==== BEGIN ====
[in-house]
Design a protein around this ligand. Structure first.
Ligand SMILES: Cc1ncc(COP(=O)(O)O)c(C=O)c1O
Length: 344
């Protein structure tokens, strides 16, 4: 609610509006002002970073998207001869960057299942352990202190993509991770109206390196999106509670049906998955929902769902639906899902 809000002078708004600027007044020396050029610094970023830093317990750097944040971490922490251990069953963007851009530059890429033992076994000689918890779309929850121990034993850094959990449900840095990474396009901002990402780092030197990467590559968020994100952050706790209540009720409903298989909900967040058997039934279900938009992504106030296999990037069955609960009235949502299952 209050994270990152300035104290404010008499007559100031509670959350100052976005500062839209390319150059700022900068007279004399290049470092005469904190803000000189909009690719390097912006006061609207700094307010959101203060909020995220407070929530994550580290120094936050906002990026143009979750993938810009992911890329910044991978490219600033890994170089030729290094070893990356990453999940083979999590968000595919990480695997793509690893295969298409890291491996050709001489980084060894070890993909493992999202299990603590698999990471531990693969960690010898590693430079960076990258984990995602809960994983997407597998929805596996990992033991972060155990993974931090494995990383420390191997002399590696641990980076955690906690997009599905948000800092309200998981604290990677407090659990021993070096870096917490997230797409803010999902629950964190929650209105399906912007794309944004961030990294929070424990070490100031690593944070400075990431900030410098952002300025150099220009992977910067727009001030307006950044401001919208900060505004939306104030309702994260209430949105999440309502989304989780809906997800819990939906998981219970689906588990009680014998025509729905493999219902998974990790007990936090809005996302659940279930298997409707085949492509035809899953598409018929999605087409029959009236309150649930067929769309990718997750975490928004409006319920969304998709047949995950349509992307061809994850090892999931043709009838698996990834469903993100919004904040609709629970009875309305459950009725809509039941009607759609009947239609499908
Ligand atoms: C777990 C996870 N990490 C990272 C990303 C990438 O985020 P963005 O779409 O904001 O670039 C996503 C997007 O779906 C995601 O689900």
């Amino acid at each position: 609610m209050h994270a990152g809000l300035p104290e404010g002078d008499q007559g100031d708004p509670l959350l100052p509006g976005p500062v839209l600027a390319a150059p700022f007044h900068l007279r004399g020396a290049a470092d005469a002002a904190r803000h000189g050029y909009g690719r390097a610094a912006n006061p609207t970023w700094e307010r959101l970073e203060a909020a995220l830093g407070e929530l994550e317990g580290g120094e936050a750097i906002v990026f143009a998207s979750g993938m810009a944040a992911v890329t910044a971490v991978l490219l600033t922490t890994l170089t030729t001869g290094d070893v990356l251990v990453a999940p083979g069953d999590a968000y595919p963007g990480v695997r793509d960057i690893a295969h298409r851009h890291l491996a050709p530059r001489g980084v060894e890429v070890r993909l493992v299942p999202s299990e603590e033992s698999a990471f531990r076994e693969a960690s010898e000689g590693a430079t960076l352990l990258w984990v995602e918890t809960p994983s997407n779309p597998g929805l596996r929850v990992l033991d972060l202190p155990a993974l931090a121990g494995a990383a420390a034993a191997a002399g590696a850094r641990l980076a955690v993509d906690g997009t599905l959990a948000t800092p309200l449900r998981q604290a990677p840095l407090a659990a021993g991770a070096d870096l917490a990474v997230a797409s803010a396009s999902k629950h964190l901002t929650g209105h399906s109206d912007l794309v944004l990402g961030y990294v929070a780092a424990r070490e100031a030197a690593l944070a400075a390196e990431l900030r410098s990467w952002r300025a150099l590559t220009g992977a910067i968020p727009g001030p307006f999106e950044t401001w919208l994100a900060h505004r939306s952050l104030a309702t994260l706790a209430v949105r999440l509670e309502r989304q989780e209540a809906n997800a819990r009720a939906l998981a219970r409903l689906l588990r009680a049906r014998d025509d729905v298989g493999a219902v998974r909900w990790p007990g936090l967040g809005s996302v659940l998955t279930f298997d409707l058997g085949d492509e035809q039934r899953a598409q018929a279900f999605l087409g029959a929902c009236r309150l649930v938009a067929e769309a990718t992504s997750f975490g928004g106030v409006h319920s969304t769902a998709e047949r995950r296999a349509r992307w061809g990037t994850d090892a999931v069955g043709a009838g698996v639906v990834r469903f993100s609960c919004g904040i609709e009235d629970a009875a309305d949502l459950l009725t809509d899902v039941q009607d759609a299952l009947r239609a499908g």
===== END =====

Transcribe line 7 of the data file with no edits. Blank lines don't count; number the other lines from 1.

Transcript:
């Amino acid at each position: 609610m209050h994270a990152g809000l300035p104290e404010g002078d008499q007559g100031d708004p509670l959350l100052p509006g976005p500062v839209l600027a390319a150059p700022f007044h900068l007279r004399g020396a290049a470092d005469a002002a904190r803000h000189g050029y909009g690719r390097a610094a912006n006061p609207t970023w700094e307010r959101l970073e203060a909020a995220l830093g407070e929530l994550e317990g580290g120094e936050a750097i906002v990026f143009a998207s979750g993938m810009a944040a992911v890329t910044a971490v991978l490219l600033t922490t890994l170089t030729t001869g290094d070893v990356l251990v990453a999940p083979g069953d999590a968000y595919p963007g990480v695997r793509d960057i690893a295969h298409r851009h890291l491996a050709p530059r001489g980084v060894e890429v070890r993909l493992v299942p999202s299990e603590e033992s698999a990471f531990r076994e693969a960690s010898e000689g590693a430079t960076l352990l990258w984990v995602e918890t809960p994983s997407n779309p597998g929805l596996r929850v990992l033991d972060l202190p155990a993974l931090a121990g494995a990383a420390a034993a191997a002399g590696a850094r641990l980076a955690v993509d906690g997009t599905l959990a948000t800092p309200l449900r998981q604290a990677p840095l407090a659990a021993g991770a070096d870096l917490a990474v997230a797409s803010a396009s999902k629950h964190l901002t929650g209105h399906s109206d912007l794309v944004l990402g961030y990294v929070a780092a424990r070490e100031a030197a690593l944070a400075a390196e990431l900030r410098s990467w952002r300025a150099l590559t220009g992977a910067i968020p727009g001030p307006f999106e950044t401001w919208l994100a900060h505004r939306s952050l104030a309702t994260l706790a209430v949105r999440l509670e309502r989304q989780e209540a809906n997800a819990r009720a939906l998981a219970r409903l689906l588990r009680a049906r014998d025509d729905v298989g493999a219902v998974r909900w990790p007990g936090l967040g809005s996302v659940l998955t279930f298997d409707l058997g085949d492509e035809q039934r899953a598409q018929a279900f999605l087409g029959a929902c009236r309150l649930v938009a067929e769309a990718t992504s997750f975490g928004g106030v409006h319920s969304t769902a998709e047949r995950r296999a349509r992307w061809g990037t994850d090892a999931v069955g043709a009838g698996v639906v990834r469903f993100s609960c919004g904040i609709e009235d629970a009875a309305d949502l459950l009725t809509d899902v039941q009607d759609a299952l009947r239609a499908g």